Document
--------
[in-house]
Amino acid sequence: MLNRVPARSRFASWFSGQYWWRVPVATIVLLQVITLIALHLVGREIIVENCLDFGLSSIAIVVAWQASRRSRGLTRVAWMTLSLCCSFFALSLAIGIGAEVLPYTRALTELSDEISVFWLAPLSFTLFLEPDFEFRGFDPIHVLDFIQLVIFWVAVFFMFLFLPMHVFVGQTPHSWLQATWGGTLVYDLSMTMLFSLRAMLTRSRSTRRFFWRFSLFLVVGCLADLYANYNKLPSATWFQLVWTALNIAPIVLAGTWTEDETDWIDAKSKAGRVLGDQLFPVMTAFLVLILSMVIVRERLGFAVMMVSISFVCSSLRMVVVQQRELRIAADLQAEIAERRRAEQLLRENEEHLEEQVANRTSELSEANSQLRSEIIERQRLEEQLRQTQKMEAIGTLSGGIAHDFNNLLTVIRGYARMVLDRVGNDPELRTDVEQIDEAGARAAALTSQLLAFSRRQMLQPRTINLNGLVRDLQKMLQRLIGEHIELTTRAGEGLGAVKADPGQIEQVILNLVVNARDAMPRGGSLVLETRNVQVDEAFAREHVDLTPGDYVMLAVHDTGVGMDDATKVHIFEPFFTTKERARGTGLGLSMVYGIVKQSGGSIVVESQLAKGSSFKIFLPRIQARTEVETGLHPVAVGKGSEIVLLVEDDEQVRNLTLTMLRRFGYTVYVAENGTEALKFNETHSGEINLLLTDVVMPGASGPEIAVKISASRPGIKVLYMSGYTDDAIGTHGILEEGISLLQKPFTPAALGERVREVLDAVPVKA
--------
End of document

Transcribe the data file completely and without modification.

[in-house]
Amino acid sequence: MLNRVPARSRFASWFSGQYWWRVPVATIVLLQVITLIALHLVGREIIVENCLDFGLSSIAIVVAWQASRRSRGLTRVAWMTLSLCCSFFALSLAIGIGAEVLPYTRALTELSDEISVFWLAPLSFTLFLEPDFEFRGFDPIHVLDFIQLVIFWVAVFFMFLFLPMHVFVGQTPHSWLQATWGGTLVYDLSMTMLFSLRAMLTRSRSTRRFFWRFSLFLVVGCLADLYANYNKLPSATWFQLVWTALNIAPIVLAGTWTEDETDWIDAKSKAGRVLGDQLFPVMTAFLVLILSMVIVRERLGFAVMMVSISFVCSSLRMVVVQQRELRIAADLQAEIAERRRAEQLLRENEEHLEEQVANRTSELSEANSQLRSEIIERQRLEEQLRQTQKMEAIGTLSGGIAHDFNNLLTVIRGYARMVLDRVGNDPELRTDVEQIDEAGARAAALTSQLLAFSRRQMLQPRTINLNGLVRDLQKMLQRLIGEHIELTTRAGEGLGAVKADPGQIEQVILNLVVNARDAMPRGGSLVLETRNVQVDEAFAREHVDLTPGDYVMLAVHDTGVGMDDATKVHIFEPFFTTKERARGTGLGLSMVYGIVKQSGGSIVVESQLAKGSSFKIFLPRIQARTEVETGLHPVAVGKGSEIVLLVEDDEQVRNLTLTMLRRFGYTVYVAENGTEALKFNETHSGEINLLLTDVVMPGASGPEIAVKISASRPGIKVLYMSGYTDDAIGTHGILEEGISLLQKPFTPAALGERVREVLDAVPVKA